Madhes crisis: What next?
Kundan Kumar Jha
Madhes has weighed heavily in Nepal’s political arena ever since the people’s revolution in 2007. The revolution demanded change in social structure of the nation, claiming equal rights and privilege for ethnically dominated people living in the southern region. It forced the government to amend the Interim Constitution 2007 for the third time to declare the state as federal republic. The federal state was described to be based on identity of dominant ethnic group initially but was cut down to size in Constitution of Nepal 2015. The term Madhes for many replaced the identity of Tarai.
After almost a decade of political transformation, Madhes looks politically unstable and socially divided into many groups. This instability has raised serious questions about how the region can flourish and at the same time assure peace and security to the people of the region. The promulgation of Constitution of Nepal prompted regional political groups to call for protests against the government, leading to series of mass demonstrations. It further worsened the situation when Indian establishment opted to seize border and enforce economic blockade against Nepal. The blockade seized the attention of government towards ongoing protests in Madhes but it also projected Madhes as a group supporting the Indian government.
This development clearly suggested that sovereign sentiments of Nepal were cornered and Madhes was blamed for the hardships brought about by the blockade across the country. Political leaders from Madhes were found visiting the neighbouring country seeking help to support their protest. The way this national issue was dealt with clearly showed how poor leadership can affect the national interest. This incident might have temporarily benefitted political sentiment of Madhes but it clearly divided the nation in two ideological groups. The threat that was imposed by India took back seat when CPN-UML government remained firm over its stance of constitutional amendment.
Madhes protest fizzled out when India lifted the blockade. This ultimately broke the pattern of protests led by political groups in Madhes. The protests which almost lasted for six months took more than 60 innocent lives while many remained severely injured. The government lacked adequate planning to deal with the crisis and was heavily criticised for its inappropriate measures to tackle the protest. Human rights violation became common practice for all the governments during the period which further escalated tensions. The internal crisis which has often been described as one of the process of state building during the period of political transformation has brought together with it the danger of division of the nation. The division has now challenged the pattern of national integrity, sovereignty and most importantly national security.
Political immaturity from leaders of Madhes allowed India to gain an upper hand in internal matters of Nepal. It not only compromised sovereignty of the nation but also clearly suggested that Madhes can become a weak link to hamper national security of the nation. The leadership that was supposed to bring peace and prosperity into the nation only ended up dividing the socially diverse groups, thus compromising the national interest. Today Madhes stands in a position where neither any political party has gained absolute majority nor has it been able to manage the power structure in coalition.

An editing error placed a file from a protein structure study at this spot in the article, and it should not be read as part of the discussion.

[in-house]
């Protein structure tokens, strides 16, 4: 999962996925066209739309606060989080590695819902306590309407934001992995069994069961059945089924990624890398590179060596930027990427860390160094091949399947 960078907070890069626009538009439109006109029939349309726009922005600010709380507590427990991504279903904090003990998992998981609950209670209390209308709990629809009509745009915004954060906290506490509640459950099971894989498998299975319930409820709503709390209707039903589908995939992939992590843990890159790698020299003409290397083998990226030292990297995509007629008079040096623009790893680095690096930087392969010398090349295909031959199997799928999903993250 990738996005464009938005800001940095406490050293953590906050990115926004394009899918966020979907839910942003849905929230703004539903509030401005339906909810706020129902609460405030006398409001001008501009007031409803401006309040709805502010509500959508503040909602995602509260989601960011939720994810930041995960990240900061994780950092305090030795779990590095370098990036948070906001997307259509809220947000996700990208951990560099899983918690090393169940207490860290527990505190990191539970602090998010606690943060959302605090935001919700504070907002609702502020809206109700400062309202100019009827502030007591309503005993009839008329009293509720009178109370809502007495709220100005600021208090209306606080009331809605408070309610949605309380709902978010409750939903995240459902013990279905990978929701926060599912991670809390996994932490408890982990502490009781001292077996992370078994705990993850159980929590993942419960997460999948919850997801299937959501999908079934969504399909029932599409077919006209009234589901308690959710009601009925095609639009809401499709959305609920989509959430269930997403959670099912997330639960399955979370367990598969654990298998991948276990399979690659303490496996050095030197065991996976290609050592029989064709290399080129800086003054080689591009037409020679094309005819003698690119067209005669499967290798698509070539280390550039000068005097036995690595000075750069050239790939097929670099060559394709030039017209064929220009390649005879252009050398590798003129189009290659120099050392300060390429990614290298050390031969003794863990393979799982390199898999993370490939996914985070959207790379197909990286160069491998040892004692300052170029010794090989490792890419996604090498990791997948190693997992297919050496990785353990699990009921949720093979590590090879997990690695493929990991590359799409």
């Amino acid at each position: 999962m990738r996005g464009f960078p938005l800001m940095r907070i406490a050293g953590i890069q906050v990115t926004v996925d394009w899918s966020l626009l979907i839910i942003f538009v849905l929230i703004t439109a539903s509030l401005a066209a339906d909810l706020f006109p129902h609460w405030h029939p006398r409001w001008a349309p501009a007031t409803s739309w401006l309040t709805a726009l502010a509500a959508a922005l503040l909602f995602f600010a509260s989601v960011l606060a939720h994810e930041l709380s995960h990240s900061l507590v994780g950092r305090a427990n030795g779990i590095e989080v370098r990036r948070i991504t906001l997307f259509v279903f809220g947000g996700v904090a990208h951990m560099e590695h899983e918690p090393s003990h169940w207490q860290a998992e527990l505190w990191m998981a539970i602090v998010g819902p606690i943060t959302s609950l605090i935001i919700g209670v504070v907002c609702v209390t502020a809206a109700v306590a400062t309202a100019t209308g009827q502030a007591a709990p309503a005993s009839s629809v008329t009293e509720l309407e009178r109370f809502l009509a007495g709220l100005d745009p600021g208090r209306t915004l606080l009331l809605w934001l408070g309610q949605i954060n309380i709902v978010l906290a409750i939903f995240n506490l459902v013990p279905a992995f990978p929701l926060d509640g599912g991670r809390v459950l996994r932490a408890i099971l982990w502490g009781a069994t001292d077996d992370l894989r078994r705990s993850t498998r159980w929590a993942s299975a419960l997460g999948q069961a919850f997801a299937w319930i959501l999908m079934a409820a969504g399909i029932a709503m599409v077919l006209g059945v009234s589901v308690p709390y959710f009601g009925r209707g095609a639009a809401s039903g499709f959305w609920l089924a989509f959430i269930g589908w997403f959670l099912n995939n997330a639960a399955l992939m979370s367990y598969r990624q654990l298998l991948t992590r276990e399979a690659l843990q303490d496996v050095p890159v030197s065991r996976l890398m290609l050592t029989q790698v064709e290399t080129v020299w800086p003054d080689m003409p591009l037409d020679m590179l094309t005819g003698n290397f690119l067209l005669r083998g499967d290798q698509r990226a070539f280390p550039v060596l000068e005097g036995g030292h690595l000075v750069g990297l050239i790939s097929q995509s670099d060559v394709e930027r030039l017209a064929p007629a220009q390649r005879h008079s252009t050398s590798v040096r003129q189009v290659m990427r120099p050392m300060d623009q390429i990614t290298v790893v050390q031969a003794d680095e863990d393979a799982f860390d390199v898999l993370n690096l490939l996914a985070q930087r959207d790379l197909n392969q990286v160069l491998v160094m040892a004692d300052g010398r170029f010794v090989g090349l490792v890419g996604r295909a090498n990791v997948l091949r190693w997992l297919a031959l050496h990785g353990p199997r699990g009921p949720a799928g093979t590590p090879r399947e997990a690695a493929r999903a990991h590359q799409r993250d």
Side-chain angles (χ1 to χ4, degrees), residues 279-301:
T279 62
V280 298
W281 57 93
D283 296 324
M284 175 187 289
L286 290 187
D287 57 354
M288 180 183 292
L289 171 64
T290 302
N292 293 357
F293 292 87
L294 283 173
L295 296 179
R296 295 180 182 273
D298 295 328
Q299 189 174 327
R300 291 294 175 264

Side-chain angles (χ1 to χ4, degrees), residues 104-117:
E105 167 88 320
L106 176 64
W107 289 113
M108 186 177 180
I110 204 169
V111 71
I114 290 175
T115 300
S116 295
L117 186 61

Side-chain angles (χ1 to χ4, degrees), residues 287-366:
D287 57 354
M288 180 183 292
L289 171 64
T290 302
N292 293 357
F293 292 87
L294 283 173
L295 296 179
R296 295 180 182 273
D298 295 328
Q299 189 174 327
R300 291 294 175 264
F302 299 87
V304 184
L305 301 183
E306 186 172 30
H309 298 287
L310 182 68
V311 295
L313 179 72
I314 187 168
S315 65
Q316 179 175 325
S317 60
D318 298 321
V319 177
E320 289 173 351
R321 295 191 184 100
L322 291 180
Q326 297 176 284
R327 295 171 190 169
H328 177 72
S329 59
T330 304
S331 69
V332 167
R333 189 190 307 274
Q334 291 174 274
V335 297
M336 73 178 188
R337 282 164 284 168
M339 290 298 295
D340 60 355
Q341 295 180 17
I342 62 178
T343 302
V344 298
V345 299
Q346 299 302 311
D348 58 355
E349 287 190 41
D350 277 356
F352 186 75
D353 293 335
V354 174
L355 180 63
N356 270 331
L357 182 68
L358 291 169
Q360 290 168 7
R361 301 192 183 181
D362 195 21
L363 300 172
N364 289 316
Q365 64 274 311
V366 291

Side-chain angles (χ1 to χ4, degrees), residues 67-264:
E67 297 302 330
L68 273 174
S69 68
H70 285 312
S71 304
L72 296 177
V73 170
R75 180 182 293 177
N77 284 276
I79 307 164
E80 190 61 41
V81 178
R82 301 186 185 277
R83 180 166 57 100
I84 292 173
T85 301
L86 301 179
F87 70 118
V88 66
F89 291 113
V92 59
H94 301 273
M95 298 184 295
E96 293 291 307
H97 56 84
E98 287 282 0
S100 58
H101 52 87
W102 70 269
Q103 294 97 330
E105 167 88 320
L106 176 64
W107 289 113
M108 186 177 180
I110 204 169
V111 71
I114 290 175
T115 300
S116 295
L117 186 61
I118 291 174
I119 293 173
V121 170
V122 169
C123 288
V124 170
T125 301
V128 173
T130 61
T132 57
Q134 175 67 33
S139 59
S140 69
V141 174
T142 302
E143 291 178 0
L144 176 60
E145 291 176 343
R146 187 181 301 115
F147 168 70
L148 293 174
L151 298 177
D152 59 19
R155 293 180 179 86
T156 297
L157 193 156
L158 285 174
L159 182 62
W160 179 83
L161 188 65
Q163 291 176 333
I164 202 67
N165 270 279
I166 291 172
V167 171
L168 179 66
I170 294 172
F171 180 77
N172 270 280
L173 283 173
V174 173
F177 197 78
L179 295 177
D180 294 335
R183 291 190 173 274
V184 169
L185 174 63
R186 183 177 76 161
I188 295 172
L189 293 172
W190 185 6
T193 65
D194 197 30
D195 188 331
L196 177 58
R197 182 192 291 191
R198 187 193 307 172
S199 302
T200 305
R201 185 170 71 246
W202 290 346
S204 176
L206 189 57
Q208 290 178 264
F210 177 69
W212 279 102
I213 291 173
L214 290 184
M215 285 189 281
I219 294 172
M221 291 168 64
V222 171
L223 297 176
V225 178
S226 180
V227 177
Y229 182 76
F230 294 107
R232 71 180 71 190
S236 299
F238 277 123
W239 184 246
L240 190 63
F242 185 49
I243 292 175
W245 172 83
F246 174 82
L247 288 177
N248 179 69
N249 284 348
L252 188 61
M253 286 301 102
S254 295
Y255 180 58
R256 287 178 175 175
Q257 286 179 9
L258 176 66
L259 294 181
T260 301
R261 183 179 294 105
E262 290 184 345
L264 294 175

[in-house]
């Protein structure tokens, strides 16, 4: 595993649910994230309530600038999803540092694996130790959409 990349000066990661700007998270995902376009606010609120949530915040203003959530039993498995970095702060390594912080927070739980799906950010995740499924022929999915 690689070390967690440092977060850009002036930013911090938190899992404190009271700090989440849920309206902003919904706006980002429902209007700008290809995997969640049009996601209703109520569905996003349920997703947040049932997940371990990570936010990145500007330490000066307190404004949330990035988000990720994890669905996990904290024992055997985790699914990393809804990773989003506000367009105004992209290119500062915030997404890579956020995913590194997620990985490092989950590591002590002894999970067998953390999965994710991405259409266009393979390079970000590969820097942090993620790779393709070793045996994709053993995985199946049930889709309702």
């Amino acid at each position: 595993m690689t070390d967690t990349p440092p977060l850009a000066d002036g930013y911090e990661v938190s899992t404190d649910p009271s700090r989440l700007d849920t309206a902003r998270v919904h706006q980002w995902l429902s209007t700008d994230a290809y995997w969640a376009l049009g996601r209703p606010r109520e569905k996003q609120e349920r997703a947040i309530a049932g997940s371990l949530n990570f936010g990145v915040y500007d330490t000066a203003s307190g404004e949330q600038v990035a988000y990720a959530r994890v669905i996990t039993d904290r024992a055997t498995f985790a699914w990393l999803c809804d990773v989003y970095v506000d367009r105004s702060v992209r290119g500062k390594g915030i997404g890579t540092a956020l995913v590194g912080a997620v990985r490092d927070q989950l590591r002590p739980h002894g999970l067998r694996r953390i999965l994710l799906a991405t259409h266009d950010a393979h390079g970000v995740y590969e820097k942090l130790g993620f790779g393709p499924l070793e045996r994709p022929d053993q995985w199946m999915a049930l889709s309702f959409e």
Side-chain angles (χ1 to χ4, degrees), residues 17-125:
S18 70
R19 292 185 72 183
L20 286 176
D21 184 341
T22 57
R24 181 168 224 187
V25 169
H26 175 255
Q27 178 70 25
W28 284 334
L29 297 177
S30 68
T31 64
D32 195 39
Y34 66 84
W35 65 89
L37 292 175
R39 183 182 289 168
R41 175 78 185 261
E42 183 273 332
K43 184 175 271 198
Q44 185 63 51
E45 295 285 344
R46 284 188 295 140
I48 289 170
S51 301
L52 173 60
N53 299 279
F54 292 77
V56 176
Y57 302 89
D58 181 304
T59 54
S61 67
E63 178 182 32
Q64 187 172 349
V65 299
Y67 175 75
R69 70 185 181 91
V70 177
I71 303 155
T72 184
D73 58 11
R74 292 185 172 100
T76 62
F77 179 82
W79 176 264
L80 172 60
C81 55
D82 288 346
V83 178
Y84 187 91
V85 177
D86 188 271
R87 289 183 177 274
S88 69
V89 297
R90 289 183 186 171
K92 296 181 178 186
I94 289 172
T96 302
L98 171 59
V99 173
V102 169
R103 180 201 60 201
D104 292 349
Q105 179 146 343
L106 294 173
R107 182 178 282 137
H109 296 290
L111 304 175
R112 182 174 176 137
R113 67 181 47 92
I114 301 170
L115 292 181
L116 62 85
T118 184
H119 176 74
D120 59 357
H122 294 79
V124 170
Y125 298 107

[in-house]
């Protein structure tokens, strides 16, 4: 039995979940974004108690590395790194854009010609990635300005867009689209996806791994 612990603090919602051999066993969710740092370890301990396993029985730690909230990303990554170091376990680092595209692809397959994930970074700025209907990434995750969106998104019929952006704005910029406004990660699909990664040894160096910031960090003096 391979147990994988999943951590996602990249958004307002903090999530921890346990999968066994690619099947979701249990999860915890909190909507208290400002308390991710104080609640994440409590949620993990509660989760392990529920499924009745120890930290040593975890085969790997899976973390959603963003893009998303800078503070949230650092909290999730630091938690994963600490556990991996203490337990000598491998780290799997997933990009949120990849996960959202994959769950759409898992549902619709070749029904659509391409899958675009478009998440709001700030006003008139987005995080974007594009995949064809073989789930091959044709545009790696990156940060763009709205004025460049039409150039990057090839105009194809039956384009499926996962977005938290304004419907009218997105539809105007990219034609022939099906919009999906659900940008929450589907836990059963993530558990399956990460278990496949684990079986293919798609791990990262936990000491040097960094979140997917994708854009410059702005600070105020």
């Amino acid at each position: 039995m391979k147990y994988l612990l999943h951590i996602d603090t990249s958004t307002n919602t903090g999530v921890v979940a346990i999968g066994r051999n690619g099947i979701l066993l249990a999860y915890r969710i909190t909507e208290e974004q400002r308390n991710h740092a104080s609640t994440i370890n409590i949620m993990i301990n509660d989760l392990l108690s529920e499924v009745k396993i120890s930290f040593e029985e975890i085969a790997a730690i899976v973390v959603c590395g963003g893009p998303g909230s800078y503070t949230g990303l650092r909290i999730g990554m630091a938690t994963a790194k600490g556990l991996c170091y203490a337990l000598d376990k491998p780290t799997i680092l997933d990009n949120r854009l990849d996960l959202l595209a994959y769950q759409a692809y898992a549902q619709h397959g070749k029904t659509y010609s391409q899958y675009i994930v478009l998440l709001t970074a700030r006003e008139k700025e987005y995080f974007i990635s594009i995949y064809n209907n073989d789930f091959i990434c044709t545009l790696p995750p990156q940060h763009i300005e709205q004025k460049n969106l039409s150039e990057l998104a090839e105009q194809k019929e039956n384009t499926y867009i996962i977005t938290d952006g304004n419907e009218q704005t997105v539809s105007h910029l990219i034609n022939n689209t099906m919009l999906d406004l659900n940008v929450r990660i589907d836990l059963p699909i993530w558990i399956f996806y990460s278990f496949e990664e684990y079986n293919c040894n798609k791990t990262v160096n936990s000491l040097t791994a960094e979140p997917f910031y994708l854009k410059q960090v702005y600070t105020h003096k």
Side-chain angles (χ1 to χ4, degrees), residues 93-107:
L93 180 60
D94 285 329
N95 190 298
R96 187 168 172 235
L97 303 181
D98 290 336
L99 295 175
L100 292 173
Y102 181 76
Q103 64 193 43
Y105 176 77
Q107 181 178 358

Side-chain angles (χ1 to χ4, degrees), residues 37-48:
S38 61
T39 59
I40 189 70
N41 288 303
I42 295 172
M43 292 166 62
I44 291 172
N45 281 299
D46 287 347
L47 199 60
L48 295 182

People across eight districts in Province-2 have widely accepted regional political parties in the recent elections but leadership still remains the major problem. While people have voted for change and inclusive social structure, leaders have shifted their interest towards power. Diverse groups have already started a new debate for name and capital city of Province-2 which may further induce another series of protests.
Lack of political awareness due to poor education has already shown how leaders can guide poor and weak people into series of protests against the state. Madhes needs to justify its importance and for that to happen it must not go beyond national sentiments. The divided house can bring together chances of greater intervention from other states. The state needs to understand the importance of Madhes and accordingly adjust Madhesis’ justified demands to ensure proportional growth across the nation.
Madhes can be utilised by the nation by promoting sectors like agriculture, education and more importantly trade and commerce but at the same time if its value is not realised it can pose a major threat for the state. The geographical positioning of Madhes makes it a buffer inside a buffer. The state’s independent foreign policy objectives to pursue a balanced relationship with neighbouring state has already prompted India to influence Madhes in order to counter state affairs if required.
The biggest problem of Madhes today is leadership of the region. Leaders involved in domestic politics of Madhes have already shown signs that if required they can go against national integration to remain in the power structure. State needs to recognise such threat before it is too late and control over the region is lost.
Eastern Madhes remains the only area that has ideologically separated itself from the state. Government and major political parties need to focus upon the differences or else it will only deteriorate the political situation of the nation. National security must be prioritised so as to ensure economic growth of the Nepali state. Madhes remains to be the crucial element in political system of Nepal as it brings together both the opportunities for development and threat against national security and sovereignty. Political consensus is the need of the hour to ensure that national interest is not compromised.
Published on 3 May 2018